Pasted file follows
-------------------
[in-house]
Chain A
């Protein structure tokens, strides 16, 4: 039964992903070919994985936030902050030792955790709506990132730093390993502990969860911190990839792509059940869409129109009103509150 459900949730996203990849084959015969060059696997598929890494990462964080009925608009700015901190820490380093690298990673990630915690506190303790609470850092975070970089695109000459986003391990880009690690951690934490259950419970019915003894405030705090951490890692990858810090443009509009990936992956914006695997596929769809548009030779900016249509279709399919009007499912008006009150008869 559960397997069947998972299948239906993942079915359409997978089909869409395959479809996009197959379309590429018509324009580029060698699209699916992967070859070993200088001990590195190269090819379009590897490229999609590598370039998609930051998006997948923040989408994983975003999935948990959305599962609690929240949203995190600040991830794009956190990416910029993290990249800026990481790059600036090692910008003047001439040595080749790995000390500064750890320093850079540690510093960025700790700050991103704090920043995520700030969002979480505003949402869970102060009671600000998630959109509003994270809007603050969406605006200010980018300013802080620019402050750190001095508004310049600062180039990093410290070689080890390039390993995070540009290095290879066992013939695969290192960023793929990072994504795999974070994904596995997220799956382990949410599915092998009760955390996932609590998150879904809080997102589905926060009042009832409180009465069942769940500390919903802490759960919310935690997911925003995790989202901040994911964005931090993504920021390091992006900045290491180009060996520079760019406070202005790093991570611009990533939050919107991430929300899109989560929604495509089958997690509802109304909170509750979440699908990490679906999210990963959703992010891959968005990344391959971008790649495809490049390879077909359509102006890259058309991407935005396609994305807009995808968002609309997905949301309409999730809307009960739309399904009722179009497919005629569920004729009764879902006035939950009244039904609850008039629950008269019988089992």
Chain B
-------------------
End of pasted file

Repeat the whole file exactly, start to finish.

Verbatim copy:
[in-house]
Chain A
């Protein structure tokens, strides 16, 4: 039964992903070919994985936030902050030792955790709506990132730093390993502990969860911190990839792509059940869409129109009103509150 459900949730996203990849084959015969060059696997598929890494990462964080009925608009700015901190820490380093690298990673990630915690506190303790609470850092975070970089695109000459986003391990880009690690951690934490259950419970019915003894405030705090951490890692990858810090443009509009990936992956914006695997596929769809548009030779900016249509279709399919009007499912008006009150008869 559960397997069947998972299948239906993942079915359409997978089909869409395959479809996009197959379309590429018509324009580029060698699209699916992967070859070993200088001990590195190269090819379009590897490229999609590598370039998609930051998006997948923040989408994983975003999935948990959305599962609690929240949203995190600040991830794009956190990416910029993290990249800026990481790059600036090692910008003047001439040595080749790995000390500064750890320093850079540690510093960025700790700050991103704090920043995520700030969002979480505003949402869970102060009671600000998630959109509003994270809007603050969406605006200010980018300013802080620019402050750190001095508004310049600062180039990093410290070689080890390039390993995070540009290095290879066992013939695969290192960023793929990072994504795999974070994904596995997220799956382990949410599915092998009760955390996932609590998150879904809080997102589905926060009042009832409180009465069942769940500390919903802490759960919310935690997911925003995790989202901040994911964005931090993504920021390091992006900045290491180009060996520079760019406070202005790093991570611009990533939050919107991430929300899109989560929604495509089958997690509802109304909170509750979440699908990490679906999210990963959703992010891959968005990344391959971008790649495809490049390879077909359509102006890259058309991407935005396609994305807009995808968002609309997905949301309409999730809307009960739309399904009722179009497919005629569920004729009764879902006035939950009244039904609850008039629950008269019988089992």
Chain B